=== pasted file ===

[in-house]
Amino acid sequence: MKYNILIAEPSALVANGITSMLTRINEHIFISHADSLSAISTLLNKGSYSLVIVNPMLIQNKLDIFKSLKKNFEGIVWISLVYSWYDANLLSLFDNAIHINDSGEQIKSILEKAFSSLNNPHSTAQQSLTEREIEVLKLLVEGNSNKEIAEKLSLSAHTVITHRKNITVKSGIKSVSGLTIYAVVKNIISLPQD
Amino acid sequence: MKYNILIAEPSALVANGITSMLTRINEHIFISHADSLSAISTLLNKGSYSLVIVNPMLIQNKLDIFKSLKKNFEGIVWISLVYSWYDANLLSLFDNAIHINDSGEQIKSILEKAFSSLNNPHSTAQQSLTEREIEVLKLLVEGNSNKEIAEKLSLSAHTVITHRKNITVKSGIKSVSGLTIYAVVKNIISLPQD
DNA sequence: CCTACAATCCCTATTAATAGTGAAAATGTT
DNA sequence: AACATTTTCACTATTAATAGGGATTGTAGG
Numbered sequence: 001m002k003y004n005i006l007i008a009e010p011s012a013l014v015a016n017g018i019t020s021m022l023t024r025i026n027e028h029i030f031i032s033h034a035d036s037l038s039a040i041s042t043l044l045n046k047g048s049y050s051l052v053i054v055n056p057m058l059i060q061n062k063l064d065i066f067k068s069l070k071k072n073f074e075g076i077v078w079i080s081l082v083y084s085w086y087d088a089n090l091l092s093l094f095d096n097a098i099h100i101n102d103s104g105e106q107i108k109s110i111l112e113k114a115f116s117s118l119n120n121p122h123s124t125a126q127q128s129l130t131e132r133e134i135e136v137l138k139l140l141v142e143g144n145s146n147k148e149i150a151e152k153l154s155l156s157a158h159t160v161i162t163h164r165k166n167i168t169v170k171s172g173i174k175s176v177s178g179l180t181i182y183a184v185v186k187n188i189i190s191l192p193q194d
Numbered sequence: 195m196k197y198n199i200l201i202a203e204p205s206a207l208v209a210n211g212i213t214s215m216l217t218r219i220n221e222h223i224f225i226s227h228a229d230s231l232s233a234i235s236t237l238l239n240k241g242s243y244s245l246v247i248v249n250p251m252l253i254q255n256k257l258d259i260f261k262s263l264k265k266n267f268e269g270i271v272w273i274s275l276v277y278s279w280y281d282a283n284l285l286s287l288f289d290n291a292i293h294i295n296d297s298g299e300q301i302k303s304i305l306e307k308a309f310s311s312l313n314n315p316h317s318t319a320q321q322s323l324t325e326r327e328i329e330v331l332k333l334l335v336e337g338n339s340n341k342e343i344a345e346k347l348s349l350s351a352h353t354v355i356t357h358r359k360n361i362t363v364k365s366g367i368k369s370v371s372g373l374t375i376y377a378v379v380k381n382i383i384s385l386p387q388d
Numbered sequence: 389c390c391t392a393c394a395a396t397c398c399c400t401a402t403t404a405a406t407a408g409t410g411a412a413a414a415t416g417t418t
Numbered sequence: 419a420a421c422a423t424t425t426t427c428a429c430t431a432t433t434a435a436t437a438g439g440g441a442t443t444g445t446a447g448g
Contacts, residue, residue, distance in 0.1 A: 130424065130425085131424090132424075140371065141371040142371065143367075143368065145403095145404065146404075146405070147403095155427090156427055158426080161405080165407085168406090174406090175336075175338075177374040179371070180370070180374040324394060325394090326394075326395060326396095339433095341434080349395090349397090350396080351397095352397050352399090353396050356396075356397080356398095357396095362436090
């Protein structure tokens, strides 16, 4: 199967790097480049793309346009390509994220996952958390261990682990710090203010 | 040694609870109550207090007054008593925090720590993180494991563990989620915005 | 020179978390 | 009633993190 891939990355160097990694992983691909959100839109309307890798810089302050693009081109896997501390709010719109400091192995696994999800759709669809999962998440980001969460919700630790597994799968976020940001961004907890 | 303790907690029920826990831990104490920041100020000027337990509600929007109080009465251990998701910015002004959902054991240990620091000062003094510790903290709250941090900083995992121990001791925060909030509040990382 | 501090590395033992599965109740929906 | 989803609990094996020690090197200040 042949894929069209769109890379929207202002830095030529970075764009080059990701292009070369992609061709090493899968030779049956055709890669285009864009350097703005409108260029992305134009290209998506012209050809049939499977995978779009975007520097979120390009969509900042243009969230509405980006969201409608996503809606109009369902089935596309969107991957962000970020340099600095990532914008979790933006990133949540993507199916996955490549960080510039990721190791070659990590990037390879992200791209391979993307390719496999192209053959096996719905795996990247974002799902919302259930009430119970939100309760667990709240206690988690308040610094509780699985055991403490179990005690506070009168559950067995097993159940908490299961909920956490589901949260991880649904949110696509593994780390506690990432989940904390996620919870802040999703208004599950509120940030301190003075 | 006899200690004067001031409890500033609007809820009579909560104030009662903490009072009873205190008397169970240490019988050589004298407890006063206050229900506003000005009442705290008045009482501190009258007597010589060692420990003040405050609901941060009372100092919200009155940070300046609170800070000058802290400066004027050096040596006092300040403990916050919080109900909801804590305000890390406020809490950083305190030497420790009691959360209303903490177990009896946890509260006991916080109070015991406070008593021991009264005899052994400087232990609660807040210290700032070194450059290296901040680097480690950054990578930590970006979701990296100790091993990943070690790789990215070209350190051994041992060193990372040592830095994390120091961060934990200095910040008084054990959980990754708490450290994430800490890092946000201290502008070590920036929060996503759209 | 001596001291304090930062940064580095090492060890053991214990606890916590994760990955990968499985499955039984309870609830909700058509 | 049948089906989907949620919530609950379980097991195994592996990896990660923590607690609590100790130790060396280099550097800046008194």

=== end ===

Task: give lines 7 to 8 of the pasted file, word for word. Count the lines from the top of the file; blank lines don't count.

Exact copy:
Numbered sequence: 195m196k197y198n199i200l201i202a203e204p205s206a207l208v209a210n211g212i213t214s215m216l217t218r219i220n221e222h223i224f225i226s227h228a229d230s231l232s233a234i235s236t237l238l239n240k241g242s243y244s245l246v247i248v249n250p251m252l253i254q255n256k257l258d259i260f261k262s263l264k265k266n267f268e269g270i271v272w273i274s275l276v277y278s279w280y281d282a283n284l285l286s287l288f289d290n291a292i293h294i295n296d297s298g299e300q301i302k303s304i305l306e307k308a309f310s311s312l313n314n315p316h317s318t319a320q321q322s323l324t325e326r327e328i329e330v331l332k333l334l335v336e337g338n339s340n341k342e343i344a345e346k347l348s349l350s351a352h353t354v355i356t357h358r359k360n361i362t363v364k365s366g367i368k369s370v371s372g373l374t375i376y377a378v379v380k381n382i383i384s385l386p387q388d
Numbered sequence: 389c390c391t392a393c394a395a396t397c398c399c400t401a402t403t404a405a406t407a408g409t410g411a412a413a414a415t416g417t418t